Which case won?

The case for the husband and his estate
  • From very early in our relationship I told my ex-wife that I regarded my wealth as my own, that on my death it would pass to my children and that if we were to marry, she would need to sign an agreement to this effect.
  • There was nothing unlawful about me asking my wife-to-be to sign a binding financial agreement.
  • I insisted that she receive independent legal advice from an accredited specialist in family law before signing the agreement.
  • The advice she received was that the agreement was plainly against her interests and that she should not sign it, so she knew exactly what the position was and chose to sign the agreement of her own free will.
  • In my opinion, I made adequate provision for my wife in the financial agreements in the event of our relationship breaking down.
  • The financial agreements are valid and should be allowed to stand.
The case for the wife
  • I was given little time to consider the agreement presented to me, no opportunity to negotiate its terms and was told that if I did not sign it, the wedding would not go ahead and our relationship would be over.
  • I wanted to remain in Australia and I had long desired to have children – I saw this relationship as my only real chance to achieve these things.
  • Indeed, if the relationship ended I would have been left with no job, no visa, no home, no income and no community in Australia. This meant I was extremely vulnerable and entirely reliant on my fiancé.
  • To compound this, by the time the agreement was presented to me, my family had been flown to Australia. My fiancé’s ultimatum was not accompanied by any offer to help my family return home, so they too had become entirely reliant on my fiancé.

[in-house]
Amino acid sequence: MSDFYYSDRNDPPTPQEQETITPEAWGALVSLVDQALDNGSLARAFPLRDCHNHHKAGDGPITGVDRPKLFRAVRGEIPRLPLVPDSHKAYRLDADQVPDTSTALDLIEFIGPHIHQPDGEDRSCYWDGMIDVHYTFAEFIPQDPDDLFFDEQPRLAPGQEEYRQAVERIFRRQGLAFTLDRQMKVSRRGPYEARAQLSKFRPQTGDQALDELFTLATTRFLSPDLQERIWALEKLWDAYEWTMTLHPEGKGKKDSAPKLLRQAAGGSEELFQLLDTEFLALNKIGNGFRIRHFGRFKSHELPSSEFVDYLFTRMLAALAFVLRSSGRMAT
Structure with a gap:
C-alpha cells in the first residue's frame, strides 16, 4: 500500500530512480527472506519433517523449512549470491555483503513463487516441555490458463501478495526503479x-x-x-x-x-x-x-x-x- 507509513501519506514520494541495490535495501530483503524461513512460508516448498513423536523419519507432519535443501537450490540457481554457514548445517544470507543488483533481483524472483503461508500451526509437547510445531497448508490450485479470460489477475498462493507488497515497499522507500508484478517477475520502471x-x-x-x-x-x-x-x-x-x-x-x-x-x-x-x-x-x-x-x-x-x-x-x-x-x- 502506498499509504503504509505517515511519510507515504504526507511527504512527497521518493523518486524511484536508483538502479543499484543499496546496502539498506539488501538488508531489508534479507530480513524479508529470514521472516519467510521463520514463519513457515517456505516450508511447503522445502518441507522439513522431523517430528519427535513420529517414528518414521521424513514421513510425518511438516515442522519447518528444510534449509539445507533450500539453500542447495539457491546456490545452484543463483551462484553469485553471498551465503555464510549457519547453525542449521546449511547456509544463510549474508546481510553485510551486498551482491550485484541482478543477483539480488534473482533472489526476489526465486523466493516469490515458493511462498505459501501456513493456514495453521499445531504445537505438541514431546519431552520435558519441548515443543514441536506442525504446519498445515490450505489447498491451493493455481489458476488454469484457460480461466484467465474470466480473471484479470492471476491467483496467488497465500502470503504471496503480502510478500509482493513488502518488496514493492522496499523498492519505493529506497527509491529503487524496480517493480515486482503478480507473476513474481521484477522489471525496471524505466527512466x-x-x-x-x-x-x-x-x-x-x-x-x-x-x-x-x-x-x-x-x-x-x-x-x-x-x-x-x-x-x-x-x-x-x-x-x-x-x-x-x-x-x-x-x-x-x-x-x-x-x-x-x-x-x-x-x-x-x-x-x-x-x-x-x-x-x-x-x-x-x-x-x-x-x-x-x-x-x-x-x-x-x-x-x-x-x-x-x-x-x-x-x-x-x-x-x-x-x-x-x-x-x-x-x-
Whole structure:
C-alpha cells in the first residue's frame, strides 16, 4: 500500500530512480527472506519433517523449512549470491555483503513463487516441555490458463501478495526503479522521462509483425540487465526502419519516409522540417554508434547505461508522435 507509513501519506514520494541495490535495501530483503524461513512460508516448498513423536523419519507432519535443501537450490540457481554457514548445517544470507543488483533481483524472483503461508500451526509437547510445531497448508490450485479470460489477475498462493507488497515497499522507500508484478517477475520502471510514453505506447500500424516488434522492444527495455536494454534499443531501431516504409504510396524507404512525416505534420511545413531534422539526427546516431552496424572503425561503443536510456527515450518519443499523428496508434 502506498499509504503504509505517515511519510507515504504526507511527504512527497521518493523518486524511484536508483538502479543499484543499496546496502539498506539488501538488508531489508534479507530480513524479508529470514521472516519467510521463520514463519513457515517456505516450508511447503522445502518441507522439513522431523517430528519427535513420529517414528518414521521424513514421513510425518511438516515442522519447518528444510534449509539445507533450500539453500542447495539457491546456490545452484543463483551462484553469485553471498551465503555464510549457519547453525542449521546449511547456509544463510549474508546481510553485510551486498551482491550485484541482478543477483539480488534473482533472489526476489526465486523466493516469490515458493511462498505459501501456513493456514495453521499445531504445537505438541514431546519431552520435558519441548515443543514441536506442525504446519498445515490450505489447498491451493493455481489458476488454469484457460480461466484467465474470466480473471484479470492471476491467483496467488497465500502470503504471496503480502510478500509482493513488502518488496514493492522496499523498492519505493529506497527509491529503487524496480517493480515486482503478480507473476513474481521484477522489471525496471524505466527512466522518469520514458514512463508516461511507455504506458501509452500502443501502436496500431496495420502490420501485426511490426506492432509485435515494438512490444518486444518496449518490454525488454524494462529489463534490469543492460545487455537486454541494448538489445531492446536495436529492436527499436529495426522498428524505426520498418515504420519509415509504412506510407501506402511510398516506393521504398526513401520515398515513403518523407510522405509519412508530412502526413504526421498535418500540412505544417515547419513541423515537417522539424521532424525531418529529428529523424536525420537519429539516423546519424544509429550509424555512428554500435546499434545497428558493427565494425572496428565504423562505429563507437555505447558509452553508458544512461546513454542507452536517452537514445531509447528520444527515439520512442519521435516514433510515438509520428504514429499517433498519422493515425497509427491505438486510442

• In these circumstances my state of mind was affected so severely that I was incapable of making a judgment in my own best interests.
  • My ex-husband’s behaviour amounts to undue influence and unconscionable conduct, so the agreements should be set aside and I should be entitled to the rights I would have otherwise had under Australian law.

So, which case won?

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Case B won. You were right!

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case a51%
case b49%

Expert commentary on the court's decision

Nathan McEwan
Nathan McEwanDirector
“It is important to note that the High Court judges did not find that a ‘bad bargain’ would of itself be grounds to terminate a financial agreement.”
Wife succeeds at first instance but matter goes on appeal

The decision in the first instance in Thorne & Kennedy [2015] FCCA 484, by the Federal Circuit Court, found in favour of the wife and declared that the financial agreements were not binding. After having considered the whole of the circumstances, the court set them aside. The judge made the following comment: “… the wife signed the agreements under duress … borne of inequality of bargaining power where there was no outcome to her that was fair and reasonable”.

The husband’s legal representatives (his estate) appealed the matter to the Full Court of the Family Court. The appeal was allowed. When the Full Court heard the matter in Kennedy & Thorne [2016] FamCAFC 189, it found that the agreements were actually binding and could not be set aside on the grounds of duress, undue influence or unconscionable conduct.

The wife then appealed the matter to the High Court and was granted special leave to appeal. The matter was heard and determined by the Full Bench of the High Court. (See Thorne v Kennedy [2017] HCA 49.)

High Court considers doctrines of undue influence and unconscionable conduct

The judges gave a very useful overview and outline of the doctrines associated with undue influence and unconscionable conduct. What are normally equitable concepts commonly found in commercial matters and trust related matters were applied in the family law context. The judges made the following points:

  • Boundaries between undue influence and duress can often be blurred.
  • Undue influence arises from various and different sources, one of which may be excessive pressure (which is common of course in family law matters).
  • That pressure, or excessive pressure, can work to remove a person’s feeling of choice, where a person may feel there is no choice but to comply with the other party’s will.
  • In all matters in which allegations are made as to undue influence (and unconscionable conduct), judges have to look very, very carefully at all of the facts and scrutinise the exact relations between the parties, which is again very common in many family law cases.